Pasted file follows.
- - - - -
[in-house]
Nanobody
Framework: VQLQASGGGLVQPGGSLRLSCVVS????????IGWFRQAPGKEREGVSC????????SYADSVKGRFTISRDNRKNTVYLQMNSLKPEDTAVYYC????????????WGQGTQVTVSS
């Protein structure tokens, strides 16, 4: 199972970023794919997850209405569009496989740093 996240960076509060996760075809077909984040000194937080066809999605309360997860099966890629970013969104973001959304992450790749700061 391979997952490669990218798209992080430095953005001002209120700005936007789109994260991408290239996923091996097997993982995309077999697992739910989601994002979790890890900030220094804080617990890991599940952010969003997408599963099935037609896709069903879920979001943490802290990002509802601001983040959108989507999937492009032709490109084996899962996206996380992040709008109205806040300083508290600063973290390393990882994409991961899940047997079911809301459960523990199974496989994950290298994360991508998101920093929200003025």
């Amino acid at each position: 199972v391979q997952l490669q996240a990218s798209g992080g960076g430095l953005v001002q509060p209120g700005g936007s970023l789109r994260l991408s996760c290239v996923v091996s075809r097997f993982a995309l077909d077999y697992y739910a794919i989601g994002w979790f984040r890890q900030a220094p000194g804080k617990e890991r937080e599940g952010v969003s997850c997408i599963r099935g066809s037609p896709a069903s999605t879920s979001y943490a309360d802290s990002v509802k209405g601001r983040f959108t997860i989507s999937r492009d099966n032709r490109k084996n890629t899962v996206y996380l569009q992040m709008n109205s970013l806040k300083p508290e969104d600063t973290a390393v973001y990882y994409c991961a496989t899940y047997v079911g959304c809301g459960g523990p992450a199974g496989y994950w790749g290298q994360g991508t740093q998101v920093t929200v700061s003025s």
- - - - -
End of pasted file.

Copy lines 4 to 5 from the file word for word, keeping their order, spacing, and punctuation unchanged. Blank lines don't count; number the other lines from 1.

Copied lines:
């Protein structure tokens, strides 16, 4: 199972970023794919997850209405569009496989740093 996240960076509060996760075809077909984040000194937080066809999605309360997860099966890629970013969104973001959304992450790749700061 391979997952490669990218798209992080430095953005001002209120700005936007789109994260991408290239996923091996097997993982995309077999697992739910989601994002979790890890900030220094804080617990890991599940952010969003997408599963099935037609896709069903879920979001943490802290990002509802601001983040959108989507999937492009032709490109084996899962996206996380992040709008109205806040300083508290600063973290390393990882994409991961899940047997079911809301459960523990199974496989994950290298994360991508998101920093929200003025």
């Amino acid at each position: 199972v391979q997952l490669q996240a990218s798209g992080g960076g430095l953005v001002q509060p209120g700005g936007s970023l789109r994260l991408s996760c290239v996923v091996s075809r097997f993982a995309l077909d077999y697992y739910a794919i989601g994002w979790f984040r890890q900030a220094p000194g804080k617990e890991r937080e599940g952010v969003s997850c997408i599963r099935g066809s037609p896709a069903s999605t879920s979001y943490a309360d802290s990002v509802k209405g601001r983040f959108t997860i989507s999937r492009d099966n032709r490109k084996n890629t899962v996206y996380l569009q992040m709008n109205s970013l806040k300083p508290e969104d600063t973290a390393v973001y990882y994409c991961a496989t899940y047997v079911g959304c809301g459960g523990p992450a199974g496989y994950w790749g290298q994360g991508t740093q998101v920093t929200v700061s003025s």